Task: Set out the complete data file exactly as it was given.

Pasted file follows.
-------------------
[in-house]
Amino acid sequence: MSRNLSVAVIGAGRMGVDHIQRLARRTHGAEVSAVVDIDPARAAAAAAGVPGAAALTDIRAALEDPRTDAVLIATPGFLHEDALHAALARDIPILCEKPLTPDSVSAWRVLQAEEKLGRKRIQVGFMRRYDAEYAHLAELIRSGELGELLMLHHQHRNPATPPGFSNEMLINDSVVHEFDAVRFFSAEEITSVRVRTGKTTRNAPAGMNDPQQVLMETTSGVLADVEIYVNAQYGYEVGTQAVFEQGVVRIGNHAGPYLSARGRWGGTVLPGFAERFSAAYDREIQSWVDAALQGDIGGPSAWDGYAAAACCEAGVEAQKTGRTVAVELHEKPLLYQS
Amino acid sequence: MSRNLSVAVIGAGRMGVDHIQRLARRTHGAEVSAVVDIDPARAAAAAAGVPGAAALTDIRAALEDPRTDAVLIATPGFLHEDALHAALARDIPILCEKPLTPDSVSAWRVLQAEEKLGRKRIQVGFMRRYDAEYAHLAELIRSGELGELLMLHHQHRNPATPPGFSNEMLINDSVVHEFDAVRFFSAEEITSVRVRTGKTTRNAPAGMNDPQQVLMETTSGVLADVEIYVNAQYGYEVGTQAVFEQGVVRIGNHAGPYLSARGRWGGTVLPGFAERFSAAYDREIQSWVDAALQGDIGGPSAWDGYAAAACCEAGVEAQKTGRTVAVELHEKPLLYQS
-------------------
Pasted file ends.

[in-house]
Amino acid sequence: MSRNLSVAVIGAGRMGVDHIQRLARRTHGAEVSAVVDIDPARAAAAAAGVPGAAALTDIRAALEDPRTDAVLIATPGFLHEDALHAALARDIPILCEKPLTPDSVSAWRVLQAEEKLGRKRIQVGFMRRYDAEYAHLAELIRSGELGELLMLHHQHRNPATPPGFSNEMLINDSVVHEFDAVRFFSAEEITSVRVRTGKTTRNAPAGMNDPQQVLMETTSGVLADVEIYVNAQYGYEVGTQAVFEQGVVRIGNHAGPYLSARGRWGGTVLPGFAERFSAAYDREIQSWVDAALQGDIGGPSAWDGYAAAACCEAGVEAQKTGRTVAVELHEKPLLYQS
Amino acid sequence: MSRNLSVAVIGAGRMGVDHIQRLARRTHGAEVSAVVDIDPARAAAAAAGVPGAAALTDIRAALEDPRTDAVLIATPGFLHEDALHAALARDIPILCEKPLTPDSVSAWRVLQAEEKLGRKRIQVGFMRRYDAEYAHLAELIRSGELGELLMLHHQHRNPATPPGFSNEMLINDSVVHEFDAVRFFSAEEITSVRVRTGKTTRNAPAGMNDPQQVLMETTSGVLADVEIYVNAQYGYEVGTQAVFEQGVVRIGNHAGPYLSARGRWGGTVLPGFAERFSAAYDREIQSWVDAALQGDIGGPSAWDGYAAAACCEAGVEAQKTGRTVAVELHEKPLLYQS